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Xeriscape Installation /

Xeriscaping

Because of our climate in New Mexico, xeriscaping is a popular way to maintain landscaping beauty, conserve water, and save money.   Xeriscaping is an approach to water conservation that is only limited by your imagination and it can also include small patches of live grass or artificial turf.   Think about what you want in your landscaping and how to adapt that to our desert environment. You can select drought tolerant plants that have beautiful color and form.  You can also utilize rocks to create designs and dry riverbeds, dry bed arroyos, and stucco for sculptured walls that blend into your landscaping. Many xeriscape designs include one or more transition zones between areas that have higher levels of watering and those with lower watering or no watering -- this is a concept called “hydrozoning.”  Use of irrigation and runnoff water should also be considered. Benefits of xeriscaping include: Saving water Saving money Lower maintenance Potential rebates when replacing high-usage watering areas Opportunity to carry the design of other landscaping throughout your yard Explore and consider different xeriscaping techniques.  For instance, rock gardens may be a great approach to create form with color added through low-water need flowering plants.  Areas that are often occupied and are nearby gathering spaces might even have efficient water features to create waterfall sounds and attract wildlife.

Xeriscaping Irrigation

Xeriscaping does not mean “no-water” or “no-irrigation.”  Some areas, even those with certain plants, may need no regular irrigation.  Drip irrigation systems should be used to conserve water and deliver it to only the plants you want watered.  This saves water and also tends to suppress weeds that might be watered from a traditional spraying sprinkler system.   Areas with regular lawn may be watered with traditional spraying sprinklers. We suggest separate irrigation zone valves in design of your xeriscaping.  Even low- water or no-water zones with plants may need irrigation to use with new planting or times of severe drought.  These zones can usually be turned off most or all the time, but are available in case you need them.  Three zones are most common and can be described as: Oasis o This area contains plants needing more water, typically a small area or set of areas, often near buildings or in an island of the landscape. Transition o This area contains moderate watering and low watering need plants and is usually a buffer zone between Oasis and Arid. Arid o This is where plants usually requiring no watering are located.  Often times this zone is furthest away from buildings or occupied areas of the landscape.  Many parts of the Arid zone may have no plants at all. Another important approach to xeriscape irrigation is design of your run-off water.  Channeling run-off water to areas with plants that require water will allow you to reduce your irrigation schedule.  In some landscaping designs, you may wish to store run-off water for your use in manual care and watering of your plants. Don’t forget how your landscaping will appear throughout the year.  Consider use of evergreens in key locations that will retain foliage and color in the winter months.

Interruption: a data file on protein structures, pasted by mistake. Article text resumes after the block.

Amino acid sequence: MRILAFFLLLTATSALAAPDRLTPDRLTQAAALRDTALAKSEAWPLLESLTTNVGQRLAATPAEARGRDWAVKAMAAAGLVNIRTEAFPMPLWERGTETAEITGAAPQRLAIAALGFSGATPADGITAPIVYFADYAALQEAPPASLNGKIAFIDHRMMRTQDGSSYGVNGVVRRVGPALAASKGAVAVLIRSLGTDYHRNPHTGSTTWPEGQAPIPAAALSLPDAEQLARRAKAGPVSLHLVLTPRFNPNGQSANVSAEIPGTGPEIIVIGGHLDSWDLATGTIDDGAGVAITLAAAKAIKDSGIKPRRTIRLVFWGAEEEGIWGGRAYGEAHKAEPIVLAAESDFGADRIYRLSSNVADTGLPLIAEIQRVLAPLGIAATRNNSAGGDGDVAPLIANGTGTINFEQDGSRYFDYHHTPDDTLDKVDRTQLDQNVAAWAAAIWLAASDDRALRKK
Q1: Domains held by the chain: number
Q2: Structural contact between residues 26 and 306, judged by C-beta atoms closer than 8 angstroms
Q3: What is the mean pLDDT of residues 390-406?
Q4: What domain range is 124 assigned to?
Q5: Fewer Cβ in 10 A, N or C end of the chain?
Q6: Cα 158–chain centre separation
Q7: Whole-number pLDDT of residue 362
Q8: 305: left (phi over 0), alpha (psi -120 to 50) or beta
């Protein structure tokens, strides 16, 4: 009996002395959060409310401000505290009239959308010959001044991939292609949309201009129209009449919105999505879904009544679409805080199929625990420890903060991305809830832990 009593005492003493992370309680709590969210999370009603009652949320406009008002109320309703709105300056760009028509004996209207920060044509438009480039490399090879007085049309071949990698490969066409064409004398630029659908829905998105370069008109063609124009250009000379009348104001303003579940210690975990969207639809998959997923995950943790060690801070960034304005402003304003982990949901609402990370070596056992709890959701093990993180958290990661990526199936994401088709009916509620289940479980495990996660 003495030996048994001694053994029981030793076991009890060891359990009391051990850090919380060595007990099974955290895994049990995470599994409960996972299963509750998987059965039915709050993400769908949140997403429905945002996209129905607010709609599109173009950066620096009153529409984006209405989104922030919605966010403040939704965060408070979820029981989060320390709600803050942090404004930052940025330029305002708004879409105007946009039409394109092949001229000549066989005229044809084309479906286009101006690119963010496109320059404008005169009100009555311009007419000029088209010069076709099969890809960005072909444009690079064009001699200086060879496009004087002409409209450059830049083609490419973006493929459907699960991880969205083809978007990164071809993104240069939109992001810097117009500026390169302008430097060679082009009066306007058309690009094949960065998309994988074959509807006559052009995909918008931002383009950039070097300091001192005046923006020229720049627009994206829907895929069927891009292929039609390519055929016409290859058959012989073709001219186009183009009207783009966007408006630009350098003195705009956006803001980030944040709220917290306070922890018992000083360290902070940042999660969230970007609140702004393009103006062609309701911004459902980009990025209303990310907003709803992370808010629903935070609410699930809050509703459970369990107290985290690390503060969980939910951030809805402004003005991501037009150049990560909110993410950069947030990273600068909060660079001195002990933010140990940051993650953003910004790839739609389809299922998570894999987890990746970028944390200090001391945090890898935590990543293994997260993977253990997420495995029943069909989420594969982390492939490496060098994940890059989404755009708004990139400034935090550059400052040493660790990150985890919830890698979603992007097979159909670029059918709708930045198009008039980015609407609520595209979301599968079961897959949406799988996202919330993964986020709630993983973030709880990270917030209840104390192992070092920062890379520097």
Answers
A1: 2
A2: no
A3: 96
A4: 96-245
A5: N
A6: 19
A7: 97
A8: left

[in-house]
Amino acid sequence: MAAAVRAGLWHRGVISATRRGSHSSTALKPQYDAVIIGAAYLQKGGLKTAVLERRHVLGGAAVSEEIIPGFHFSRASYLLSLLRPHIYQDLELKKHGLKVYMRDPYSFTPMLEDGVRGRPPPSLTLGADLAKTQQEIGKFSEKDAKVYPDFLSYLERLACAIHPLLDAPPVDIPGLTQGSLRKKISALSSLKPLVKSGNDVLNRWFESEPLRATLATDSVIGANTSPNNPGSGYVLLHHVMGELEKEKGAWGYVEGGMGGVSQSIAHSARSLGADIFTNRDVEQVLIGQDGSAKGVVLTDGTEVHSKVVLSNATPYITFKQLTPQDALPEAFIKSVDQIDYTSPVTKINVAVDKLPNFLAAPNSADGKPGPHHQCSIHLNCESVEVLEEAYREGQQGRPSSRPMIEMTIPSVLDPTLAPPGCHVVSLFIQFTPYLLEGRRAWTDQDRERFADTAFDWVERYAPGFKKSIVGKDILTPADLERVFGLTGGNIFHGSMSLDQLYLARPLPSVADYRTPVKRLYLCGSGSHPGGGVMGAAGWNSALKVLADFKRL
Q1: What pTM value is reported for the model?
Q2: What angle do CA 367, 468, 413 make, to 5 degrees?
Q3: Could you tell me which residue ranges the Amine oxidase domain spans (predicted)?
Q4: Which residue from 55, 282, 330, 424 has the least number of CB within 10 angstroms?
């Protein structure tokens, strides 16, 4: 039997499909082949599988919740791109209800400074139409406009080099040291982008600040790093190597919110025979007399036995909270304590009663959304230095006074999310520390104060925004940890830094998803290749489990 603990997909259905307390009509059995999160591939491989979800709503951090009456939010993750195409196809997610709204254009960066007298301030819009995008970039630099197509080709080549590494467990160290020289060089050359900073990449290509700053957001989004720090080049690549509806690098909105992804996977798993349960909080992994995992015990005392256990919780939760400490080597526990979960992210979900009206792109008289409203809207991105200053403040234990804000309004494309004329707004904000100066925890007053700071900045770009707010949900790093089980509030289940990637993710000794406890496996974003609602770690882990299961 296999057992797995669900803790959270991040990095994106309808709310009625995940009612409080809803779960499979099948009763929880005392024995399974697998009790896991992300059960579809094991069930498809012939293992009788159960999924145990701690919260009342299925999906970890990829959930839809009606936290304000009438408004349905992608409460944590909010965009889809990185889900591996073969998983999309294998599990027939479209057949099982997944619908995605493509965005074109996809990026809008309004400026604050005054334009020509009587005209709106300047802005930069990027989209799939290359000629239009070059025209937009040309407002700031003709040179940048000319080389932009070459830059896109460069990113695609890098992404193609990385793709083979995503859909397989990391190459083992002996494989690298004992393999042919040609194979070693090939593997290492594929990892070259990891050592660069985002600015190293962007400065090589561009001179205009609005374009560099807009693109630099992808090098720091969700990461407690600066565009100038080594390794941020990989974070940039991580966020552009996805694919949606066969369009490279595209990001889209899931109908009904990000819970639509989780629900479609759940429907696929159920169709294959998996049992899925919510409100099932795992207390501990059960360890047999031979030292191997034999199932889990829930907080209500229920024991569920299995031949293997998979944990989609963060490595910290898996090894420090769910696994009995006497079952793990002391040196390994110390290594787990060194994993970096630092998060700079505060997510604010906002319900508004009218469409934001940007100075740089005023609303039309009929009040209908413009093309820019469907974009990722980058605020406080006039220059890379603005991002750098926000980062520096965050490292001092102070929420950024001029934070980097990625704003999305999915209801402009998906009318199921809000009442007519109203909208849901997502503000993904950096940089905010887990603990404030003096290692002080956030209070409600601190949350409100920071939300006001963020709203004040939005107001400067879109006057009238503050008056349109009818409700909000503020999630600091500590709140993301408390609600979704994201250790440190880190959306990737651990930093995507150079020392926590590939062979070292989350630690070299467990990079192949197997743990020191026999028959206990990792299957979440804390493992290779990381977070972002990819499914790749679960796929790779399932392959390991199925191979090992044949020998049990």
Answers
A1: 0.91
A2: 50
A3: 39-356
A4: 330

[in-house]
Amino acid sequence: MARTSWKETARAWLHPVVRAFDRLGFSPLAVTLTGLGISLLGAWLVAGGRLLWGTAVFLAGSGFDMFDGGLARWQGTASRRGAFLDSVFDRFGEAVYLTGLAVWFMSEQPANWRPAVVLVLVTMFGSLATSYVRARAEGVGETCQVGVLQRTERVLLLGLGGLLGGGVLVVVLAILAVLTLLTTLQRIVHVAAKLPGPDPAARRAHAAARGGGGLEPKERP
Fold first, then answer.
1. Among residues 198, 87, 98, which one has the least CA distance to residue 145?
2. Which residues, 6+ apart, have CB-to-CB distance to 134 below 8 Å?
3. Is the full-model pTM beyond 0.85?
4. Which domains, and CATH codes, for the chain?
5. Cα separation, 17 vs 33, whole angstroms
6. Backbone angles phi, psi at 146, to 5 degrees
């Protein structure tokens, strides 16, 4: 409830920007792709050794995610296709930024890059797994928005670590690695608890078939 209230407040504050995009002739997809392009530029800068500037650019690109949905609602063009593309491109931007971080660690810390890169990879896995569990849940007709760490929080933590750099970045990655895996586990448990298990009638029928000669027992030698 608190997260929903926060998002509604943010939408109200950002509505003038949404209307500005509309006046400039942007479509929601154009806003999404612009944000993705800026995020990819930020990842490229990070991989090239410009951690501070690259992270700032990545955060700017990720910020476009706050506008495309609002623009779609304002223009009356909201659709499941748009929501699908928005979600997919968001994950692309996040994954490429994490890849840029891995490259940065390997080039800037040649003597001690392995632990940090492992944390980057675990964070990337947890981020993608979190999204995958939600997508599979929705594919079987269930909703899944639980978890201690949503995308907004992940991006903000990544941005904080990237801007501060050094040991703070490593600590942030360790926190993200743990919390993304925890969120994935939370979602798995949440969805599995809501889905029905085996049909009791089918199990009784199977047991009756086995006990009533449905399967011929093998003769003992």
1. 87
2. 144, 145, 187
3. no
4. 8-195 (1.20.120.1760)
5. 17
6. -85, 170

Low-water use plants and trees in Xeriscaping

Xeriscape Plant List